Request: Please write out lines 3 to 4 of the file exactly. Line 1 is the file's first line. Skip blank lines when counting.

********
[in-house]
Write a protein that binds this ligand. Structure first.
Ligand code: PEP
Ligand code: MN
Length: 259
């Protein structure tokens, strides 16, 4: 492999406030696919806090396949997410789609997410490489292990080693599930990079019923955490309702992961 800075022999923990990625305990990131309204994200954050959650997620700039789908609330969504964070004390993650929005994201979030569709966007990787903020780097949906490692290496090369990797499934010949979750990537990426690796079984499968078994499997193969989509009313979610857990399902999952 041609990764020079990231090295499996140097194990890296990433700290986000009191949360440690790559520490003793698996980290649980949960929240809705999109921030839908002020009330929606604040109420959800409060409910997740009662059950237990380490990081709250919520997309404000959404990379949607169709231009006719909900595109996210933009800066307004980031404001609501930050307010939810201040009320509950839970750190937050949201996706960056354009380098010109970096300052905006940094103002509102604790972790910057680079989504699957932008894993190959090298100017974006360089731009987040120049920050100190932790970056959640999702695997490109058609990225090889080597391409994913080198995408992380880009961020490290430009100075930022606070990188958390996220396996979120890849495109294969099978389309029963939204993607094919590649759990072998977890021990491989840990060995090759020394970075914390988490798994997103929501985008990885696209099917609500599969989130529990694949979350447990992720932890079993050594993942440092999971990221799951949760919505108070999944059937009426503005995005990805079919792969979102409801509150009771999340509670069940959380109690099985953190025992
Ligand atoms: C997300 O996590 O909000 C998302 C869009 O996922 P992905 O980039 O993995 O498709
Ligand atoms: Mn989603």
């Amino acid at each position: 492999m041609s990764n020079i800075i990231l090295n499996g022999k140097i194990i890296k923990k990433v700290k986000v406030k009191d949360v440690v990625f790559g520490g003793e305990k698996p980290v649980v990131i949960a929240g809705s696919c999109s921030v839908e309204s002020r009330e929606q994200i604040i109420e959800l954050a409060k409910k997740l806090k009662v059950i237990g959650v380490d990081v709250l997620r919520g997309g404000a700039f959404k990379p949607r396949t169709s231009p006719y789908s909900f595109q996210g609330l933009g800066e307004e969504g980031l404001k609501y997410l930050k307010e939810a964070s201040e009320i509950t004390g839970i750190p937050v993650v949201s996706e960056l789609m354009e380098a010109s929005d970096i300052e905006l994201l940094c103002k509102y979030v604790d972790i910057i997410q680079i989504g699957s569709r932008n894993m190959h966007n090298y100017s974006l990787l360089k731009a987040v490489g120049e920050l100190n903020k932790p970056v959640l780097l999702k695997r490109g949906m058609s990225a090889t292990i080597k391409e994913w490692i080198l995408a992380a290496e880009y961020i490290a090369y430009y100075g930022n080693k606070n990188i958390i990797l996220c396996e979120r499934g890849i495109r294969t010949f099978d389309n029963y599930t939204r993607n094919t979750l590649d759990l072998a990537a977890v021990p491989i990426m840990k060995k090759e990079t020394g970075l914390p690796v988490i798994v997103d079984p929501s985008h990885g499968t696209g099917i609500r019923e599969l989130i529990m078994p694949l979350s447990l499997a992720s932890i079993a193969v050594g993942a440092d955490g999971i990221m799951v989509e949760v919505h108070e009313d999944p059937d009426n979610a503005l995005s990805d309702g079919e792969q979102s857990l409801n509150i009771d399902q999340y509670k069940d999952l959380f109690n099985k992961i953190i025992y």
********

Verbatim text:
Ligand code: PEP
Ligand code: MN